Seeing the Elephant is a rather large text and there are quite a few scenes I love. I chose this one because Frankie is growing up, Eli is protective of his stepdaughter, and Maggie mediates their argument – or perhaps more realistically, sets the parameters for the disagreement. She also reminds Eli in a not-so-subtle manner that she is not subordinate to him. Rather, they are equals.
The setting: Frankie has been offered a paying job as an attendant at the Western New Jersey Hospital for the Insane. Because she is seventeen, she needs to have Eli’s signature on the agreement of employment. When she presents the good news to her mother and stepfather, Eli reacts in a predictable manner.
“What??” Eli bellowed.
Frankie looked imploringly at her mother. Unlike her stepfather, who was doing a spot-on imitation of the wrath of God, Maggie was silent. She sat on the sofa not saying a word, although her mouth had fallen open in shock.
“I don’t know,” Maggie finally stammered. “You say you would be staying at the asylum?”
“I’ll be perfectly safe –”
“Safe?” Eli sputtered. “With violent people locked up downstairs? What the –”
“Elijah,” Maggie cautioned.
“What the heck was Dr. Stanley thinking, asking a green little girl –”
“I’m not a little girl!” Frankie shot back.
He pointed a finger at her. “You are seventeen years old, Miss Blaine!”
“I’ll be eighteen in June! And I’m not green!”
Eli pursed his lips. “You won’t be an adult ‘til you’re twenty-one!”
Straightening her posture, Frankie took a defiant step toward him. “Mama was married at nineteen, Lydia at eighteen. But you want me to wait ‘til I get gray hair and sit in a rocking chair before I do anything!”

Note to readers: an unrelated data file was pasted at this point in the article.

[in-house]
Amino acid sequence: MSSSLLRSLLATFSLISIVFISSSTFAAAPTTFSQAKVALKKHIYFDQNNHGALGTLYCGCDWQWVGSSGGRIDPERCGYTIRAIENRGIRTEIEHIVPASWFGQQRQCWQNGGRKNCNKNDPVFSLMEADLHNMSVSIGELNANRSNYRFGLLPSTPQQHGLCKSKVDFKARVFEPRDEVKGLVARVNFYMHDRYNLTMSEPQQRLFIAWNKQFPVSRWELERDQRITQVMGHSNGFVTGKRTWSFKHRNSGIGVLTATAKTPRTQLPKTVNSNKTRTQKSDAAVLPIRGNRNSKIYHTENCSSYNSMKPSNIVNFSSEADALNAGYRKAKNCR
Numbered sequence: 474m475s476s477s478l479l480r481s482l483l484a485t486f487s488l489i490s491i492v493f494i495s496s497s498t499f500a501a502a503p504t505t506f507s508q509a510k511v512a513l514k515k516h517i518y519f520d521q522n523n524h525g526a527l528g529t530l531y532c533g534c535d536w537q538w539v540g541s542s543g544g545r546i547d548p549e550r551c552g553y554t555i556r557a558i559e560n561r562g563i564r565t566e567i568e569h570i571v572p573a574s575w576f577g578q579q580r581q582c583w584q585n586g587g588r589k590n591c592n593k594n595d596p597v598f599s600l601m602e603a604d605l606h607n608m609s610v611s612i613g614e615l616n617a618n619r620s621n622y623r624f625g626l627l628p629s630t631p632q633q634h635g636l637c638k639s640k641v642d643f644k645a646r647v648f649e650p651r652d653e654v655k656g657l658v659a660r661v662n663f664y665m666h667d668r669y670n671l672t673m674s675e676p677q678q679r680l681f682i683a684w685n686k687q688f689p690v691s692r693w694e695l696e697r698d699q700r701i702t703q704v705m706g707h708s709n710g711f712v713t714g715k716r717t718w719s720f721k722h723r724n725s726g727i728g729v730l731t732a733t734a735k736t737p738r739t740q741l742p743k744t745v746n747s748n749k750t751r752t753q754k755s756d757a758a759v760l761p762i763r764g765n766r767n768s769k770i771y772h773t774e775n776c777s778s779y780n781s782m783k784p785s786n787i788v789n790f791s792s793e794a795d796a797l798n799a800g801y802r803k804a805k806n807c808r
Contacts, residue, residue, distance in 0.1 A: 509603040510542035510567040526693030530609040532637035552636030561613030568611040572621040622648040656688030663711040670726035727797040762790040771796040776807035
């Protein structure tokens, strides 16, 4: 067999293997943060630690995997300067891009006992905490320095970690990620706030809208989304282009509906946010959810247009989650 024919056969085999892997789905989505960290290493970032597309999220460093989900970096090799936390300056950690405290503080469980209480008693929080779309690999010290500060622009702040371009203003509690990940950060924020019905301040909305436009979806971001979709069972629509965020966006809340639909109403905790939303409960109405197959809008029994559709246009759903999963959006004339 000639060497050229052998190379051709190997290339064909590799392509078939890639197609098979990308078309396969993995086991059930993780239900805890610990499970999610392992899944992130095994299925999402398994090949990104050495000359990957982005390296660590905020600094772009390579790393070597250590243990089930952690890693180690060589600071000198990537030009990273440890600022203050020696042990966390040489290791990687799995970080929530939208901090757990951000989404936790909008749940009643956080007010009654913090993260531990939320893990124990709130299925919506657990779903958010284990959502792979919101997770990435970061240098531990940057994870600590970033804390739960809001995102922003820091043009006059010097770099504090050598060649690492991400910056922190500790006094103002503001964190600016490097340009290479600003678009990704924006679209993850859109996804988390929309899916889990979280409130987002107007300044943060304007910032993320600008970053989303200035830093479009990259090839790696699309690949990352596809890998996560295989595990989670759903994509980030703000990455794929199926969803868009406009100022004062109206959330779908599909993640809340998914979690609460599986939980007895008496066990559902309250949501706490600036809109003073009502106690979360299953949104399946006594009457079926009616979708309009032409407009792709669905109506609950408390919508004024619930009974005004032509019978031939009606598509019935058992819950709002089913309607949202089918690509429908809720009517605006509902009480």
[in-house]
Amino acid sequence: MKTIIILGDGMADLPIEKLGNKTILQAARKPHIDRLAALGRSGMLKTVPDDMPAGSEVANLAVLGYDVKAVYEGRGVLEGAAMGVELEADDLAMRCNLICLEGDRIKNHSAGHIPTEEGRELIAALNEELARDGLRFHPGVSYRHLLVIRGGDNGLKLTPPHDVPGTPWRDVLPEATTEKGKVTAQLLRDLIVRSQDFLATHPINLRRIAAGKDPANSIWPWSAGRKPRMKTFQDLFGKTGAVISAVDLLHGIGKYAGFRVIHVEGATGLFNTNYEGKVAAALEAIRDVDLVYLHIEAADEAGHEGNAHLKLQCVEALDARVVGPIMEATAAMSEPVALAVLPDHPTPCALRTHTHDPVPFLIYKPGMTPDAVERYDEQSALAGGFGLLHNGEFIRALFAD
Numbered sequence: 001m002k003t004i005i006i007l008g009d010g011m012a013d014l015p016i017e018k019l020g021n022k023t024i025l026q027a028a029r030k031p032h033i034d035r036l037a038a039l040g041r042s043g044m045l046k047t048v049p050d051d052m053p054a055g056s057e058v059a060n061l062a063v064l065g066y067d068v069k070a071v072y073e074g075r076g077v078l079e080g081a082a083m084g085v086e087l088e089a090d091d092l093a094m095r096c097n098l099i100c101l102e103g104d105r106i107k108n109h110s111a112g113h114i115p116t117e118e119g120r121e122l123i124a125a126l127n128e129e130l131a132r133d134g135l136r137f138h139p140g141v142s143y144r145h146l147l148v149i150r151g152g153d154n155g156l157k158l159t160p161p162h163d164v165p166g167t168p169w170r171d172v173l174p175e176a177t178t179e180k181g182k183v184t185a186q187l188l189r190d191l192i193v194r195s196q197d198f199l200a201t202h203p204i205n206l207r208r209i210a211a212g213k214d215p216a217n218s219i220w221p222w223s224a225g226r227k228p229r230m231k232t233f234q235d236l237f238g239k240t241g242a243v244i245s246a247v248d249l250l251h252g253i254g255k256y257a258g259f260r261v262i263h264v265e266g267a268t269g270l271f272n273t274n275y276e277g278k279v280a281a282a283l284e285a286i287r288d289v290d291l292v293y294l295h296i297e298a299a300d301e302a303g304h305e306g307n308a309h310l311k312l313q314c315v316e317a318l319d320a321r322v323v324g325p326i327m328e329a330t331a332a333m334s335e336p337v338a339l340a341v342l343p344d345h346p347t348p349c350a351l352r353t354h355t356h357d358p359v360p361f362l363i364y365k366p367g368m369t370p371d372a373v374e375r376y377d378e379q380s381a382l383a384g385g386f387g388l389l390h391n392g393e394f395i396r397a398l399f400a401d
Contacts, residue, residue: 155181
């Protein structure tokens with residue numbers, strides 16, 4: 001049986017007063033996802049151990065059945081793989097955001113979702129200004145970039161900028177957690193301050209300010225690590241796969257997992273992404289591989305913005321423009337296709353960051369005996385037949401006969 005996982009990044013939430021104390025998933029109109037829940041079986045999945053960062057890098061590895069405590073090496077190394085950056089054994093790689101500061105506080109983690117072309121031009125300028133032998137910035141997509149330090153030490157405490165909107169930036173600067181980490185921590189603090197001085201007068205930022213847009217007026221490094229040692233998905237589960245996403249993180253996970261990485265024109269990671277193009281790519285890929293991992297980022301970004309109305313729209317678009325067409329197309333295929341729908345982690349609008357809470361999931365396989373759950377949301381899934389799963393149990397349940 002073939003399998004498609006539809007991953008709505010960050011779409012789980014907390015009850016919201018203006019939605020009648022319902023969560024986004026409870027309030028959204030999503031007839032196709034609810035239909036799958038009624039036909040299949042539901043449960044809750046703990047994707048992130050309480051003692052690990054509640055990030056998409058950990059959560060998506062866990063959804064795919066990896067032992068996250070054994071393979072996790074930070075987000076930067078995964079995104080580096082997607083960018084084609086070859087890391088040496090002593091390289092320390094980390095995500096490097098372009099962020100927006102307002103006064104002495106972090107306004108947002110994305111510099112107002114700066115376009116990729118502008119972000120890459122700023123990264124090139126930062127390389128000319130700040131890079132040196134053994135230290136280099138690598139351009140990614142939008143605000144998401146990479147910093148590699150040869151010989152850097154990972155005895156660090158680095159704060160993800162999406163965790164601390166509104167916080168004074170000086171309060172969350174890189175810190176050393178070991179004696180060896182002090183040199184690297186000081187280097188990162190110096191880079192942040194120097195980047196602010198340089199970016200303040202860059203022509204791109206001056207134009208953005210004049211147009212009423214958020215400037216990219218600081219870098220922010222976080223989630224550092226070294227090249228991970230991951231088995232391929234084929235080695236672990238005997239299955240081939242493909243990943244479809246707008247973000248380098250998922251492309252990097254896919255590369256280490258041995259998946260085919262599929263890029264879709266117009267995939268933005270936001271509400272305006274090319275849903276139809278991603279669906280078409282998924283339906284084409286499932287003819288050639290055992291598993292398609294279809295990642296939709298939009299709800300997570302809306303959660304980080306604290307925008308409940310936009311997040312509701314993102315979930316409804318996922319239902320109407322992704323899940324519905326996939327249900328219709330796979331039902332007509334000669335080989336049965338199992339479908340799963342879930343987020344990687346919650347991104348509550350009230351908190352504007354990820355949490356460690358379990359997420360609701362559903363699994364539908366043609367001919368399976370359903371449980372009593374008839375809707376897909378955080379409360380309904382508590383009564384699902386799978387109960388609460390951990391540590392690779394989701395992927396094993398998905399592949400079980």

“Now, you listen to me, you little –”
Maggie shot to her feet. “That is enough, the both of you! I shall not brook this discord in my house.”
“Your house?” Eli protested.
“Yes, my house. Don’t forget this place was bought with money from the sale of my lot.”
“My name is on the deed.”
“And mine is right beside yours, despite the lawyer’s objections.”
“Bunkum,” he muttered.
“You claim to be a free-thinker, Elijah Smith. Well, then, I suggest you practice some of that free-thinking right now.”
Chastised, Eli exhaled. His wife was right. As usual. “I’m sorry, Maggie.”
“Thank you. Arguing loudly is not how we solve our differences.” Maggie squared her shoulders. “Eli, I realize you believe it’s your duty to protect Frankie. That is admirable. Her father is dead and you, as her stepfather, have developed fatherly feelings for her. Many men would not allow themselves to be so vulnerable. That sensitivity on your part is one of the things I love about you. However, you must understand that Frankie soon will attain her majority and thus needs to practice making her own decisions and living her own life. It will not do to turn her loose and wish her well once she turns twenty-one.”
Maggie focused on her daughter next. “And, Frances, you must understand that your stepfather and I at times have difficulty permitting you the freedom to make your own decisions. Sometimes your growing up is problematical for us because we remember you as a child. It is not easy to let go of that child.”
Looking down at her feet, Frankie muttered, “Yes, Mama.” She peeked up and asked, “How come you never had this trouble with Liddy?”
“Liddy was a different kind of girl.” Maggie smiled lovingly. “I’m glad God had the good sense to make us all different. How boring would it be to have children who all act exactly alike?”
“I don’t think I’d mind,” Eli grumbled under his breath.
“Elijah…” Maggie warned.
“Well, I wouldn’t.”
Regardless of whether the job works out for Frankie, the family manages to find their way through disagreements and in the end support one another.
Tomorrow: a scene I love from Heart Soul & Rock’n’Roll.
Janet Stafford, Squeaking Pips Founder